A day's lost business 'worth it to save my future'
MUMBAI // Bimal Bhuta, who runs a food store in Mumbai, shuttered his shop yesterday in protest against the policy reform that will help to open up India's retail market to supermarket chains such as Wal-Mart and Tesco.
Losing a day's worth of trade was worthwhile, he said, to try to prevent a move that could put his shop, which has been in the family for 65 years, completely out of business.
"What will happen to the middle class?" asked Mr Bhuta, 35. "What happens to the spirit of entrepreneurship? There will be unfair competition in retail. There's no value addition for retail [from foreign direct investment]. There's a set distribution network here."
His fears are prevalent among owners of small, family-run stores across India following the Indian government's announcement on Friday that it would open up the sector to allow up to 51 per cent foreign direct investment in multi-brand retail.
This is expected to attract global giants such as Wal-Mart to set up shop and expand in India.
Members of the main opposition party, Bharatiya Janata Party (BJP), yesterday gathered at Azad Maidan, a cricket ground and popular site for political rallies in Mumba. They called for the resignation of the prime minister Manmohan Singh over a coal-mining scandal, as well as demanding that the policy reform on foreign investment in retail be scrapped.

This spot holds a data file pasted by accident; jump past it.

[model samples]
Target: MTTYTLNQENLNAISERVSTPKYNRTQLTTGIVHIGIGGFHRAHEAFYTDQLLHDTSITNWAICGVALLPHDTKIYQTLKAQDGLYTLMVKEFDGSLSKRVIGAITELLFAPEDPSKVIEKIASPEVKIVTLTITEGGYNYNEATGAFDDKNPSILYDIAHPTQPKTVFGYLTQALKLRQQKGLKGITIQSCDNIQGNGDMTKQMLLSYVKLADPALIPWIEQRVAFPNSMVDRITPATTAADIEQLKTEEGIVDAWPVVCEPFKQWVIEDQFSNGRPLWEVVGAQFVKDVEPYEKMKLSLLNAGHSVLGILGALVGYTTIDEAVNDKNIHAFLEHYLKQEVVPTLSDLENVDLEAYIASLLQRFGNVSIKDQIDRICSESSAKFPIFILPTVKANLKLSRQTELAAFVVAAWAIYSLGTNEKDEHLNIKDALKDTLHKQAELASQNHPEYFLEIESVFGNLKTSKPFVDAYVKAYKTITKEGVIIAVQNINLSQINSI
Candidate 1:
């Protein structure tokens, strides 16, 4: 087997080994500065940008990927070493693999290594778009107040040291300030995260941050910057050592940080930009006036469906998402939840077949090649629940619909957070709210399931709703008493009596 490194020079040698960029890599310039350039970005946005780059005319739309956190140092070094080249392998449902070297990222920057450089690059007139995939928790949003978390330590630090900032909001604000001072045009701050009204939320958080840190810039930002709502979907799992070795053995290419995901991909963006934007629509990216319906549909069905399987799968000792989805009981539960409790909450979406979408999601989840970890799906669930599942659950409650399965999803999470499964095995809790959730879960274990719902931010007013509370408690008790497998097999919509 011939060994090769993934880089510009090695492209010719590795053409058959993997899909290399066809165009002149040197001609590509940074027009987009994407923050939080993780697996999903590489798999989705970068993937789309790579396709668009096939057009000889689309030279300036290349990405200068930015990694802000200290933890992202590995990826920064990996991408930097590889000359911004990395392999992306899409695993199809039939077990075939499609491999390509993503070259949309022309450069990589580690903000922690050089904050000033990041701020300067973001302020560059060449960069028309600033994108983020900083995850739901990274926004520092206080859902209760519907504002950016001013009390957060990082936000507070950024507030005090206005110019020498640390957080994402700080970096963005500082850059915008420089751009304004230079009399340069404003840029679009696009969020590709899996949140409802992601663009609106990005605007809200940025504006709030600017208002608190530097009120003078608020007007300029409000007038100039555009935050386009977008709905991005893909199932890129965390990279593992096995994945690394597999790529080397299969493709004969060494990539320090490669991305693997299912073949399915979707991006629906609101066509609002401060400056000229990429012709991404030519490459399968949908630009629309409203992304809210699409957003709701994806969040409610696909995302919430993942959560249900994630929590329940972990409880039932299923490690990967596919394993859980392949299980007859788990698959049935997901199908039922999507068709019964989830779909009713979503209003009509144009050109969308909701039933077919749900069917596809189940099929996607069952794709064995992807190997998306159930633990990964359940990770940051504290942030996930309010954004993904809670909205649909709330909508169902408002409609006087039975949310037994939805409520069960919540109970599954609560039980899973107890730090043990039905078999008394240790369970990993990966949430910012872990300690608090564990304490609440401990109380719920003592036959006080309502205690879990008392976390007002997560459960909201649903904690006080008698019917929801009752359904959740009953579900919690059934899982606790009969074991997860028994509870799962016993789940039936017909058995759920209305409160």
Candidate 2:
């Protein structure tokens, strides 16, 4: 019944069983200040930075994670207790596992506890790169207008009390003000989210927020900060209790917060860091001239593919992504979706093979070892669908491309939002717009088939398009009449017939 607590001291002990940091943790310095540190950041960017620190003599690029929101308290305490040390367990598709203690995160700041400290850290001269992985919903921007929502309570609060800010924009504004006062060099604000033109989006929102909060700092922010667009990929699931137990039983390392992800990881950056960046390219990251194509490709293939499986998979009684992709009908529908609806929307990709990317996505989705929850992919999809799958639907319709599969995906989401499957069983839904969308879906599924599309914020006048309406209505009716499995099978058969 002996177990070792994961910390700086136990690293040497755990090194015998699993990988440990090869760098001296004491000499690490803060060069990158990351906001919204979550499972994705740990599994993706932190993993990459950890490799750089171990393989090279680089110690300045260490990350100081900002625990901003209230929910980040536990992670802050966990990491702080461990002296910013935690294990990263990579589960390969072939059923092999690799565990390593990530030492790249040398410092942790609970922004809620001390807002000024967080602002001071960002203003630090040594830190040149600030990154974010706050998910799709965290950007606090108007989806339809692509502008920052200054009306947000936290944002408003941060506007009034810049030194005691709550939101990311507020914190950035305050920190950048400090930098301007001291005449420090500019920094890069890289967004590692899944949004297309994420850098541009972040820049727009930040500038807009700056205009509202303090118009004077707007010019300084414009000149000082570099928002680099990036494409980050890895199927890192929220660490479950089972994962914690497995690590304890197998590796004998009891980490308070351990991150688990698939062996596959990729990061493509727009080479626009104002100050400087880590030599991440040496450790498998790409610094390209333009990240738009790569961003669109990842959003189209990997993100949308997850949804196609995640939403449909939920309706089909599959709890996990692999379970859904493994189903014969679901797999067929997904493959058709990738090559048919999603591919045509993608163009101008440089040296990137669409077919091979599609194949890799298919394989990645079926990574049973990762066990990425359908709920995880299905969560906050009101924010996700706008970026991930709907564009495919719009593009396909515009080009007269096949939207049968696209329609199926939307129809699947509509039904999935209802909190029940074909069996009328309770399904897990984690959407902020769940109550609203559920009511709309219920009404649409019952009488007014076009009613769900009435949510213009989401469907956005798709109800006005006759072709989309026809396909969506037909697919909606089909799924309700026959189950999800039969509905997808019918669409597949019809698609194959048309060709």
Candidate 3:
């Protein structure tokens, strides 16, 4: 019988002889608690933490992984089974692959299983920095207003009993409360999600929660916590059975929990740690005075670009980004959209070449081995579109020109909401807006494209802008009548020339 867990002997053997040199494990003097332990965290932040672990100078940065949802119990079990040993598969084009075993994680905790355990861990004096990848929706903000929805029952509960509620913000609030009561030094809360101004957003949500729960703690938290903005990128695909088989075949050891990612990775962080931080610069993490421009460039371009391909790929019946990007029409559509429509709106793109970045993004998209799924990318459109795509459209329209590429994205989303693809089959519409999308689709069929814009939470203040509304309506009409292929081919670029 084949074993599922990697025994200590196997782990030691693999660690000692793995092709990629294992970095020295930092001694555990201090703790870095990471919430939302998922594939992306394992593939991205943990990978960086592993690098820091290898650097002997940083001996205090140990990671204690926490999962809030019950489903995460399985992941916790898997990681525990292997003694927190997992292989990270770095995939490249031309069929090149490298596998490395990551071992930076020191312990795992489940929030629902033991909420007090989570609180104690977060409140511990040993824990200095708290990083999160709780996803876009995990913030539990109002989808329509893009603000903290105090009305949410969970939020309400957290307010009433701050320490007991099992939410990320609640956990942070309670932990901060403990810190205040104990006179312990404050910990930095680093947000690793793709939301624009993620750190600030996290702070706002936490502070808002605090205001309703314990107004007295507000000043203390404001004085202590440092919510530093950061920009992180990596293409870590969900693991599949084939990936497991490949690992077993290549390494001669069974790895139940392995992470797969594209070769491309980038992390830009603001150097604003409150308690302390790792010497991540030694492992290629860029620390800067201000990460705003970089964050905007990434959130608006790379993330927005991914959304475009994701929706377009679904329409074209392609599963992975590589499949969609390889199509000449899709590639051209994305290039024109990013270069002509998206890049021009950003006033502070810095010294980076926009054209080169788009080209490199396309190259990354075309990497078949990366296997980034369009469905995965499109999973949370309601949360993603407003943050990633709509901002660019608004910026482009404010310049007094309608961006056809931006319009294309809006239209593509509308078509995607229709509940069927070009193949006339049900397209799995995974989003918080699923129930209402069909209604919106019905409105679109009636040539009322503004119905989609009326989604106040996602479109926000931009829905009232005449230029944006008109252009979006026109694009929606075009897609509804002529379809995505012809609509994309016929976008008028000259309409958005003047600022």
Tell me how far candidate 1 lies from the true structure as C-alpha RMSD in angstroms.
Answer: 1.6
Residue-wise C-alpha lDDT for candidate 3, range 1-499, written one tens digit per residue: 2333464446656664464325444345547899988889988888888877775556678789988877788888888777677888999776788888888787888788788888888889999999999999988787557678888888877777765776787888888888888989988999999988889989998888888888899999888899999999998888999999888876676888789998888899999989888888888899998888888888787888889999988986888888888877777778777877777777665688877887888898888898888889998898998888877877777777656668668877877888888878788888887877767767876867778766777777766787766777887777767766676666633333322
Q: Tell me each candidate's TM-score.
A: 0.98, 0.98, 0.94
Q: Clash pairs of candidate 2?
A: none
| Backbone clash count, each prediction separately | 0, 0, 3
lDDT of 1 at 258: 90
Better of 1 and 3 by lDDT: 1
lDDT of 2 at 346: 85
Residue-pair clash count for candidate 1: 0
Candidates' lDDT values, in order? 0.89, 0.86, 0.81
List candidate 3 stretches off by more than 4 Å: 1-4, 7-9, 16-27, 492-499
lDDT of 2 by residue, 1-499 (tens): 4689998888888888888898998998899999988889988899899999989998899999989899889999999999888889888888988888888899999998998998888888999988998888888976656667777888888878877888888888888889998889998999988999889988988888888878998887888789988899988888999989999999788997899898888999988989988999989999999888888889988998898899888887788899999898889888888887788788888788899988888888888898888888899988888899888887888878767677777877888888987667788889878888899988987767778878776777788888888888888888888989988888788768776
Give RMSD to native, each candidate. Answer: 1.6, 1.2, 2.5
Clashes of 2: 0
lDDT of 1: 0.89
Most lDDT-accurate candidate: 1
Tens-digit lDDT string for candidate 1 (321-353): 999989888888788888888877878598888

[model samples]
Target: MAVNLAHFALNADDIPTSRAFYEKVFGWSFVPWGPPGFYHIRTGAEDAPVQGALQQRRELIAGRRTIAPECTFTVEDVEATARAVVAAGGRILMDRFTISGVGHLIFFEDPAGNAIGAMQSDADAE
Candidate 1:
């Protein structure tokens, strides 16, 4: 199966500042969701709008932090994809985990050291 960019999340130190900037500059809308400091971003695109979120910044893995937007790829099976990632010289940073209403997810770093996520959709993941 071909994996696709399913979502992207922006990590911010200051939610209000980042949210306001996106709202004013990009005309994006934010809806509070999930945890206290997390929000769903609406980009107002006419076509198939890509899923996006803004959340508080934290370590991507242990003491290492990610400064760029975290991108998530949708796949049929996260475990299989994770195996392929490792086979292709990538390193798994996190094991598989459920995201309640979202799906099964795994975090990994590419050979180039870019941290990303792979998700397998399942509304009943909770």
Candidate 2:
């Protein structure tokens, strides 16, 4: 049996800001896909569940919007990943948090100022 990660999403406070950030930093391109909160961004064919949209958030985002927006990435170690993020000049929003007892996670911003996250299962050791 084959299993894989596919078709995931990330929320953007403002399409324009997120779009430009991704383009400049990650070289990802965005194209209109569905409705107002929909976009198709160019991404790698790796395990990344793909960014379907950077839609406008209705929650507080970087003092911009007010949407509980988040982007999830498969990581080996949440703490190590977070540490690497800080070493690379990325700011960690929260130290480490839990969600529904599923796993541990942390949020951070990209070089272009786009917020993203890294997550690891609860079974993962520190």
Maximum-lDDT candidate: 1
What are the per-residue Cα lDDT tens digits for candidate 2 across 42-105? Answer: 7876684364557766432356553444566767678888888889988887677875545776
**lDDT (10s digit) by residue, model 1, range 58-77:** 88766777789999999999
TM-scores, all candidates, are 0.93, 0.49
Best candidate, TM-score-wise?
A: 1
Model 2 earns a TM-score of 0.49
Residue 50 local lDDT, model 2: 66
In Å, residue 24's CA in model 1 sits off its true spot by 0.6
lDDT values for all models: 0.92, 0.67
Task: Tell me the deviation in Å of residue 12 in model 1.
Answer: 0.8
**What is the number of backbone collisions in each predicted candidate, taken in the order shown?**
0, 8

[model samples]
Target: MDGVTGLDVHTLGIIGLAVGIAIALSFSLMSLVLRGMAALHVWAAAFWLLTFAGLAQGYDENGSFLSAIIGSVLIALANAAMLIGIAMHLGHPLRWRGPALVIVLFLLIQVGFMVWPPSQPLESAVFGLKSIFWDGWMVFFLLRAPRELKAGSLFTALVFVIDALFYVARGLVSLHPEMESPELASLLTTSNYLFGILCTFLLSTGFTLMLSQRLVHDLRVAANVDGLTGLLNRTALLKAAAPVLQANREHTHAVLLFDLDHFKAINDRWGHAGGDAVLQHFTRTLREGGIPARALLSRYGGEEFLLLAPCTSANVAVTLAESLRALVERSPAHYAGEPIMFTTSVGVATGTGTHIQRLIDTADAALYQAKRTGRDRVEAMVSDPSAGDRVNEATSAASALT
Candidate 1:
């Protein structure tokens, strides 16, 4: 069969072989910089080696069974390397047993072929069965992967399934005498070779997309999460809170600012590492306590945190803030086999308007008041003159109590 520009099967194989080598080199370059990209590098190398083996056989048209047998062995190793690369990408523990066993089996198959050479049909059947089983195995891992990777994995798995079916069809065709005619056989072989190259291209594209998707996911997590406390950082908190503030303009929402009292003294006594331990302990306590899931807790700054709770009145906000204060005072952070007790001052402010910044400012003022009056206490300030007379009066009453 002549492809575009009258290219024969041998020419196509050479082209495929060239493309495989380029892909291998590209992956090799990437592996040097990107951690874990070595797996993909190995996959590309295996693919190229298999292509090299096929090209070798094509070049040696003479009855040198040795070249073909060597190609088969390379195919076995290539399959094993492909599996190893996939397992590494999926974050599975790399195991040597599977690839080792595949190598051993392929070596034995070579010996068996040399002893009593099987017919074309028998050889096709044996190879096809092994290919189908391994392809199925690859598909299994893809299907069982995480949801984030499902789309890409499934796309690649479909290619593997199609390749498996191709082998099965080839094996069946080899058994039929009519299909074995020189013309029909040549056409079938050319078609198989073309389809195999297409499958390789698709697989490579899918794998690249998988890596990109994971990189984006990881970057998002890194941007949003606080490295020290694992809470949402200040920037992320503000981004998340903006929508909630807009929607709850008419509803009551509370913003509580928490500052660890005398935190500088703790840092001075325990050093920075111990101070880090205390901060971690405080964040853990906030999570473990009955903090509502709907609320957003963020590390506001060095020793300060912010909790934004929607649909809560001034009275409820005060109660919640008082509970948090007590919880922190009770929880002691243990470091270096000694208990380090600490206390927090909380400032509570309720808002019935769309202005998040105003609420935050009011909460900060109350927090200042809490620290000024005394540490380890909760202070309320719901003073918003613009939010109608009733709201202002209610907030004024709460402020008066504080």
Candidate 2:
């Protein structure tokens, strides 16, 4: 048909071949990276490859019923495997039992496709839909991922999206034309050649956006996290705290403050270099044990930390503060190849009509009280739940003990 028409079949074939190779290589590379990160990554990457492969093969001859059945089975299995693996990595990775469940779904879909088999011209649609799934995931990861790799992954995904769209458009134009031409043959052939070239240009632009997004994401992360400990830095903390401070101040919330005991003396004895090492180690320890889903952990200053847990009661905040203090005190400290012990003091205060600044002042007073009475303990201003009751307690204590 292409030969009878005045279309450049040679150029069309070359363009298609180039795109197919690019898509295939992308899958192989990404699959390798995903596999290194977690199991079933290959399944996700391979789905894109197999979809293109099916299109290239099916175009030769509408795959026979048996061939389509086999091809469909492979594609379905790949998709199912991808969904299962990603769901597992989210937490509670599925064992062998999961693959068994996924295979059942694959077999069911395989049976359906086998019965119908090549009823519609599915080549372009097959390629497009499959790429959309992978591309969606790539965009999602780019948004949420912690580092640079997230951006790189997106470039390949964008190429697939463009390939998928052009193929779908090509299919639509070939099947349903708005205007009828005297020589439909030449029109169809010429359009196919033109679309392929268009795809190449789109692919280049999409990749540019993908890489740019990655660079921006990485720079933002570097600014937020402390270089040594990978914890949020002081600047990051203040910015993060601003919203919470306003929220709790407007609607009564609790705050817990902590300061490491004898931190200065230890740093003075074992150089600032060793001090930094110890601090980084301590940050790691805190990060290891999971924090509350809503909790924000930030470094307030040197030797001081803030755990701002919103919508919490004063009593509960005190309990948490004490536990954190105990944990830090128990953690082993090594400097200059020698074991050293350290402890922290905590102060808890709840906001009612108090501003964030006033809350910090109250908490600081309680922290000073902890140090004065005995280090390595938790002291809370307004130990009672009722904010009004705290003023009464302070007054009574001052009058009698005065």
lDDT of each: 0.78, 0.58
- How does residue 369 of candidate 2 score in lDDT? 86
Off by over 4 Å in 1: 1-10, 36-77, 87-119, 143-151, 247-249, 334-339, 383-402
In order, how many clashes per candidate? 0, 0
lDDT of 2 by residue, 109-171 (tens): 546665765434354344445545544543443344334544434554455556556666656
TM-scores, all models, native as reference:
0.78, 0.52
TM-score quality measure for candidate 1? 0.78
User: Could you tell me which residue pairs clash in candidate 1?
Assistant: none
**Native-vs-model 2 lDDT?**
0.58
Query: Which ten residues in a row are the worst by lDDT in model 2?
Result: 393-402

"We don't want foreign direct investment in retail," said Vinod Tawde, the BJP leader of the opposition in the state legislative council. "It will bring unemployment. We want investment for much bigger issues, such as power."
This is the second time the government has announced plans to open up the multi-brand retail sector to foreign investment. It put the reform on hold at the end of last year because of widespread resistance, just weeks after revealing the plan.
Analysts have said that while jobs would be lost as small local shops lose business or close, a greater number of jobs would be created as foreign supermarkets enter the country. This is part of the process of the modernisation of an economy that many other countries have already been through, they said.
"In any process, there will some beneficiaries and some losers," said Vidya Mahambare, the principal economist at Crisil, an Indian ratings and research firm. "How you take care of the people who are losing their jobs or their business - whether you retrain them - that is what is critical."
There is also some fine print in the reform that will limit the expansion of supermarket chain. Individual states will decide whether to open up to foreign direct investment and chains will only be allowed to enter cities with a population of more than one million.
Published: September 21, 2012 04:00 AM